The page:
Man, this whole inevitability of death deal sucks.
Beloved theatre and television veteran Doris Roberts — known to most of us as Ray Romano’s sticky-beak mother from the classic sitcom Everybody Loves Raymond — is no longer with us.
The infectiously likable actress passed away on Sunday of yet-to-be-revealed causes, at age 90.
While it wasn’t until starring in Raymond in her 70’s that Roberts’ reached her peak of success, her sixty-something-year career is varied and storied, from her 1952 television debut to the string of recent guest starring roles in both film and TV during semi-retirement.
For the first twenty years of her career, Roberts appeared on television part time while focusing primarily on the stage. In 1955, she made her Broadway debut in William Saroyan’s classic play The Time of Your Life, after which she starred in both Broadway and off-Broadway productions including Last of the Red Hot Lovers, Bad Habits, and Bye Bye Birdie.
Her early television work included cameos in The Mary Tyler Moore Show, The Lily Tomlin Special, and All in the Family.
In the 70’s, Roberts' focus shifted to television, where she picked up regular roles in Angie, Maggie, and the award-winning sitcom Barney Miller. In 1983, she won her first Supporting Actress Emmy after wowing critics in a single episode of the ground breaking drama - St. Elsewhere, and joined the cast of Pierce Brosnan’s famed private investigator show - Remington Steele.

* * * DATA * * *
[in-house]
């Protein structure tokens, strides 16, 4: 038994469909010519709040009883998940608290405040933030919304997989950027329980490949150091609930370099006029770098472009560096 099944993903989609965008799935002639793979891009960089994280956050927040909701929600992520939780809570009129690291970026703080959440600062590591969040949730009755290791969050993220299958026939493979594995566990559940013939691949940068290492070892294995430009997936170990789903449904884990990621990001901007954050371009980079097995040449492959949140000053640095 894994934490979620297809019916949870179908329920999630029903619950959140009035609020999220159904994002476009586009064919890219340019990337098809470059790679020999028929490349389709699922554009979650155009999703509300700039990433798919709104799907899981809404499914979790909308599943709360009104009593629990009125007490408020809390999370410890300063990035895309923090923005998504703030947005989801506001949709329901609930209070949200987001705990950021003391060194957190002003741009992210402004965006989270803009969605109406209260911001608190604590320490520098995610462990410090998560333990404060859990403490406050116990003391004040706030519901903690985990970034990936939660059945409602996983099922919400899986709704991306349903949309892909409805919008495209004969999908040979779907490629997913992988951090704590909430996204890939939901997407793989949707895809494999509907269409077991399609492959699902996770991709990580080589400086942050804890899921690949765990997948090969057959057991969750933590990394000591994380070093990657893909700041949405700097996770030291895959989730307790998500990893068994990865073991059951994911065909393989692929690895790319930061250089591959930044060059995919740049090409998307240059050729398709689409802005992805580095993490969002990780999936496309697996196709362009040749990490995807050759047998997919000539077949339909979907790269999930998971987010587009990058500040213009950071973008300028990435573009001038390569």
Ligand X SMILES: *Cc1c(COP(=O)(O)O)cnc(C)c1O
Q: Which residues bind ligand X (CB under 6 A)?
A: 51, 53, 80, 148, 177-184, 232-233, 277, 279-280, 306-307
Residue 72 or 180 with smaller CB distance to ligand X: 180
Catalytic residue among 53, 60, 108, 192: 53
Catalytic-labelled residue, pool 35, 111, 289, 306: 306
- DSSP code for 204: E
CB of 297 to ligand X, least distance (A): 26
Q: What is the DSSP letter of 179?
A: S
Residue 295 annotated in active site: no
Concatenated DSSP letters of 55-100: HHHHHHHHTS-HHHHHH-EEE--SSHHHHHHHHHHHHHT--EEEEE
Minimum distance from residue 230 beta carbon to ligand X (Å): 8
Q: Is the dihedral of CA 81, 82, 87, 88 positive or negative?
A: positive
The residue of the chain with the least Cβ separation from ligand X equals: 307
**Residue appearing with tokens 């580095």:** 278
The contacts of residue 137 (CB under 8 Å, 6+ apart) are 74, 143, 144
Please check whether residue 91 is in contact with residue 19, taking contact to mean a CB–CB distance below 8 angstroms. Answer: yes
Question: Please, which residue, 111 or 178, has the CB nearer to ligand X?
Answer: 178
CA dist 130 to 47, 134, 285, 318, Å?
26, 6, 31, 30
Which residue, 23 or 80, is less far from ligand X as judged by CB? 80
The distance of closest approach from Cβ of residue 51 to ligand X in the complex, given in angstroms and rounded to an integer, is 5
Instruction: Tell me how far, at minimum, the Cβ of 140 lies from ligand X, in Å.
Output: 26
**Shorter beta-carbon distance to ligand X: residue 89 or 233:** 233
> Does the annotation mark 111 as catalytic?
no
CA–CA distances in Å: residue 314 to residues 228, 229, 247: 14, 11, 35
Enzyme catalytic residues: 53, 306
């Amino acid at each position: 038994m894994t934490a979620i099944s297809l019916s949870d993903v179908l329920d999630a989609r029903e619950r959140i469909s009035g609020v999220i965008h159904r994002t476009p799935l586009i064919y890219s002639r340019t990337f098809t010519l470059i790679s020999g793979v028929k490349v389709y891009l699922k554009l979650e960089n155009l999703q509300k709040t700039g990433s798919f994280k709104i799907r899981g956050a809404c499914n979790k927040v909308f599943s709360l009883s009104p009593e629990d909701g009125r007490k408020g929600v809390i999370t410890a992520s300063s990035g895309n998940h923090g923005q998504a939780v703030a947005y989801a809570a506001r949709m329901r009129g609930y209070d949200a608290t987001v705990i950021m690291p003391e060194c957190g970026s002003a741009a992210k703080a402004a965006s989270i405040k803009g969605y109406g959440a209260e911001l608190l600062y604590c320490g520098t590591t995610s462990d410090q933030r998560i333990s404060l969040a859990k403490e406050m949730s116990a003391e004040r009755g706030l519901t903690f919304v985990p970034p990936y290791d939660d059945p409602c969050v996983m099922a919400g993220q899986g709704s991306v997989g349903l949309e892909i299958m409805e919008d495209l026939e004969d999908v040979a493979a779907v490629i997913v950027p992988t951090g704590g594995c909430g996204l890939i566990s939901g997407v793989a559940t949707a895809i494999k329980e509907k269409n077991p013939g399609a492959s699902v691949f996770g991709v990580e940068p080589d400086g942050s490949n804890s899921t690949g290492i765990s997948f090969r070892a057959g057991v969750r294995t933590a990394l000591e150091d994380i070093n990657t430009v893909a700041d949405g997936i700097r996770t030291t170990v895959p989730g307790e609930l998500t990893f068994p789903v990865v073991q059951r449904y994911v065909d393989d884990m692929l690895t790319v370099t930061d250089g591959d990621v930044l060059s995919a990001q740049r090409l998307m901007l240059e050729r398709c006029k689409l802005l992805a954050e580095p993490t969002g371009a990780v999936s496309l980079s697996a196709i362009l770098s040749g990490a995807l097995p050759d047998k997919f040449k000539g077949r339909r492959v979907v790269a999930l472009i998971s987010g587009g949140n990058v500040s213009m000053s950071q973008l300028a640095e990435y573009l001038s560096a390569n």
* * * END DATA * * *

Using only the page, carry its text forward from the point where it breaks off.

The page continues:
Of course, it was global juggernaut Everybody Loves Raymond, which is not only one of the most syndicated shows of all time, but boasts a bunch of international remakes, that made Roberts a household name. As the nagging, manipulative Marie Barone, she picked up four Emmys in five years, tying Cheers’ Rhea Perlman for most wins in the Supporting Actress in a Comedy category.
Right up until her passing, Roberts remained a bold force in the entertainment industry, and the tributes from those touched by her life are pouring in. Here’s co-star Patricia Heaton’s thoughtful tweet:
Meanwhile Ray Romano offered the following words:
"Doris Roberts had an energy and a spirit that amazed me. She never stopped. Whether working professionally or with her many charities, or just nurturing and mentoring a young, green comic trying to make it as an actor, she did it all with such a grand love for life and people and I will miss her dearly."
What better way to say farewell to this cherished entertainer than with a quote from her mid-Raymond days:
“I’m comfortable in my own skin. The business of wanting, or thinking, or dreaming that someone else will fulfil your dreams is wrong. You make yourself a better person. This is my time. I am in control of my life. I am fearless. I love what I do. I’m blessed. I pray that everybody can find something they do that they love. Then it’s not work, it’s really a profession. It’s a joy to do it. You’re scared by it, and you’re challenged by it. That is what keeps you alive.”
Vale, Doris Roberts.